Amidst a Nationwide Formula Shortage, a Reminder: The Decision To Breastfeed Is Personal

The U.S formula shortage is prompting bad-faith—but unsurprising—judgment of mothers who cannot or do not breastfeed, callously calling on them to “embrace your womanhood.”

Katie Wussler, a program coordinator at Mother & Child Education Center, checks the lot number on a donated can of Similac baby formula against a list of recalled cans on May 12, 2022, in Portland, Oregon. More than 60 percent of Mother & Childs formula supply was affected by the recall. (Nathan Howard / Getty Images)

Parents of infants are facing a terrifying crisis—the possibility that they will be unable to feed their babies due to a nationwide formula shortage. At the end of April, stores were out of 40 percent of the most popular formula brands, up from 31 percent two weeks prior. Given that in their first year children get the majority of their nutrients from formula or breast milk, parents of infants are understandably panicked. 

And as the shortage gained more news coverage, social media outlets like Twitter started buzzing—not with compassion for these scared parents, but rather judgment that these mothers hadn’t breastfed and were therefore at fault for their current predicament.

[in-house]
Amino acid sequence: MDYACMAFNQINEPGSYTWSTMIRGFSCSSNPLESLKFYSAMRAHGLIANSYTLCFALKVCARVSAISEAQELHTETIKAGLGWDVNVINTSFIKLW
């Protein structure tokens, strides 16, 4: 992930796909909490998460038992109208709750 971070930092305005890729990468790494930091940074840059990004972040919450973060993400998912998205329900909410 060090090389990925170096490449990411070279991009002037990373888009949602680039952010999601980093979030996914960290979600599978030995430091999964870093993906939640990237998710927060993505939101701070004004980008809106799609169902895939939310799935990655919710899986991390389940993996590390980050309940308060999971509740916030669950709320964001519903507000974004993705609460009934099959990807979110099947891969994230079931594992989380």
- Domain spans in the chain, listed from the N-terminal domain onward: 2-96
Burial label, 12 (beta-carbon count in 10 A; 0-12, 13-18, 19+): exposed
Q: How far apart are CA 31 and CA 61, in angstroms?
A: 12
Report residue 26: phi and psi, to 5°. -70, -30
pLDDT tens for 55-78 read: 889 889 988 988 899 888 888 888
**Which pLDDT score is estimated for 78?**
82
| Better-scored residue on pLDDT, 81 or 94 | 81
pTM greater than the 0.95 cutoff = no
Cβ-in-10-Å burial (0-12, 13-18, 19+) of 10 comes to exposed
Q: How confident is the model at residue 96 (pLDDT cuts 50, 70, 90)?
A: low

“Mother’s milk is free…”

“Why do you need formula? Where is mom? Ever hear of mother’s milk?”

“#breastisbest stop whining about formula shortage.”

“The nightmare of the formula? Not necessary. This is targeting.  Breast feed! And ladies, there is WET NURSING.  Where breast milk and food can be produced by surrogates.  We are powerful.”

“When did become woke and feminist to give your babies poisonous formula instead of breastfeeding them? ‘God only gave us boobs to be hot for men’ is not the feminism you think it is, embrace your womanhood and nurture your children.”